Rizal the Subversive

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Category: Philosophy and Psychology

Date Submitted: 02/23/2011 09:20 PM

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During his life, Jose Rizal was described as a heretic and subversive, an enemy of both the Church and Spain. He has made tremendous contributions to the progress of the Filipino society. His political works and essays, being anti-clerical and anti-colonial, frankly aimed to expose the maladies of his time and cure the Philippines of what he calls “the social cancer”. Rizal had been the progressive radical thinker, and promptly answered the ailing call of his Motherland, who cries for a cure.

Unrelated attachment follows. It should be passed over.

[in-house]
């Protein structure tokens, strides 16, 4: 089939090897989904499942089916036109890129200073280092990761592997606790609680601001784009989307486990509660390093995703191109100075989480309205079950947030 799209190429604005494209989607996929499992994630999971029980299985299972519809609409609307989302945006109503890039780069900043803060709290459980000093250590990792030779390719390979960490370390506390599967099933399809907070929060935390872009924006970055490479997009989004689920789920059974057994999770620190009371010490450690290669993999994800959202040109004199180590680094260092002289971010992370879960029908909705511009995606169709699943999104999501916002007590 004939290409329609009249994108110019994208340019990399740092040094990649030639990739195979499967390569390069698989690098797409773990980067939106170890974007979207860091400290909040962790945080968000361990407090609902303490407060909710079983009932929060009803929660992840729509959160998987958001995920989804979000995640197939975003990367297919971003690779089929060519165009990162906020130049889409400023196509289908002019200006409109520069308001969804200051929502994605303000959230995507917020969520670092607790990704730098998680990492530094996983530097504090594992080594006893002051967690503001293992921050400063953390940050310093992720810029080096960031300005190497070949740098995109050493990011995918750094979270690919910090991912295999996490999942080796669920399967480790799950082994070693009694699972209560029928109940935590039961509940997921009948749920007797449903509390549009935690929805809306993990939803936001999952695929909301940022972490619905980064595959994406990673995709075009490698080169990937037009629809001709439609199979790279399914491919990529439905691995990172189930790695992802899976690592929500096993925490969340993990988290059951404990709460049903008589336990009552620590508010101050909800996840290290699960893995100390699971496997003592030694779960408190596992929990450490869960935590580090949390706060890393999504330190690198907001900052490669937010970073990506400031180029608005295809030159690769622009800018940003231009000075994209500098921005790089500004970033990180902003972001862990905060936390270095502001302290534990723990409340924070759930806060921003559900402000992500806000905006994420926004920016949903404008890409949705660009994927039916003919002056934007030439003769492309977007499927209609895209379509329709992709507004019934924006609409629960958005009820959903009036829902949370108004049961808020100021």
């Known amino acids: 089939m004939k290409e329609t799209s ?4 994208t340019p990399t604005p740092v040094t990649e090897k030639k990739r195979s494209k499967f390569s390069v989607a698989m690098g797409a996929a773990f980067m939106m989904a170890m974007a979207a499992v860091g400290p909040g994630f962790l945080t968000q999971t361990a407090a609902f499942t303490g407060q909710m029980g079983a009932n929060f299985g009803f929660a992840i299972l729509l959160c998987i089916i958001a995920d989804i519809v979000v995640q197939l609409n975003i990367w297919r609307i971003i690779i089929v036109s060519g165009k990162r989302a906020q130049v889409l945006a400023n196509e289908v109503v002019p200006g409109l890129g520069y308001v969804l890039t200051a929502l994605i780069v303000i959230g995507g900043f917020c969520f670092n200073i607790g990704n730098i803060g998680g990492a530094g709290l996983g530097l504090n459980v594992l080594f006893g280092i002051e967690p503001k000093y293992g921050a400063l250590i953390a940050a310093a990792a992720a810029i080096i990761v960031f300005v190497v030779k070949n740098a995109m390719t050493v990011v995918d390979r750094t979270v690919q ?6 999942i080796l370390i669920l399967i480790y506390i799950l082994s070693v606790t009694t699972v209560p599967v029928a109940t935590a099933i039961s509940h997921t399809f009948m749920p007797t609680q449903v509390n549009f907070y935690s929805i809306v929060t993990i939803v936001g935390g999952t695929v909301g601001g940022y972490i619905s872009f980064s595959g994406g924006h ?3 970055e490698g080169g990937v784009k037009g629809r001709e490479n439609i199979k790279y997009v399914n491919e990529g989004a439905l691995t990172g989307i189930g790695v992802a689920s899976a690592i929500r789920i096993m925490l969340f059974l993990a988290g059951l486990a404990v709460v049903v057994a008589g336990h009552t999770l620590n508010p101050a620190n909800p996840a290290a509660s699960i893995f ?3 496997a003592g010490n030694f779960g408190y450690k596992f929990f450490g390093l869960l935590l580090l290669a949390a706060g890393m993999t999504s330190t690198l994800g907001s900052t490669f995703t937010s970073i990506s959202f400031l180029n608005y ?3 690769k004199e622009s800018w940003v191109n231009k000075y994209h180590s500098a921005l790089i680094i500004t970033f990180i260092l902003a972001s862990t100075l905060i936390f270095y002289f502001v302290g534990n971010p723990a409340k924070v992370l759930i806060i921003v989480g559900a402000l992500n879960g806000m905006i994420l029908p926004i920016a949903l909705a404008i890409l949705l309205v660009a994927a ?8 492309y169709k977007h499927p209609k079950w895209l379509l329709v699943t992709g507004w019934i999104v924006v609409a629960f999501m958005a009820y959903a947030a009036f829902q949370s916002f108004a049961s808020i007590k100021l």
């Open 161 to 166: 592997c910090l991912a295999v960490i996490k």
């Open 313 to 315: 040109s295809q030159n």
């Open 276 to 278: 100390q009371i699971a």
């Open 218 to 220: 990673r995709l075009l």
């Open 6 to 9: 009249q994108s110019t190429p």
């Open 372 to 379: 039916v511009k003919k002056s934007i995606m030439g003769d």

Rizal had been a subversive in his own time. The Church had him excommunicated, and the Spaniards had him imprisoned, and then executed in Bagumbayan. However, that does not mean that he will always be a subversive, provided that he lives in a time aside from his, as if it really is his own identity, rather than an act or decision based on the call of situations and events. And in the first place, Rizal did not go to Europe just to harbor revolutionary ideas from the people there. He sought knowledge in foreign lands, so that he may use it and the Filipinos may benefit from it. Rizal did not intentionally want to make waves or a revolution, at all situations and regardless of events. And if he really favored revolution, that would be because of necessity. Rizal is a rational thinker, will surely analyze the situations first, and then make decisions based on his analyses, just like what doctors do when treating their patients.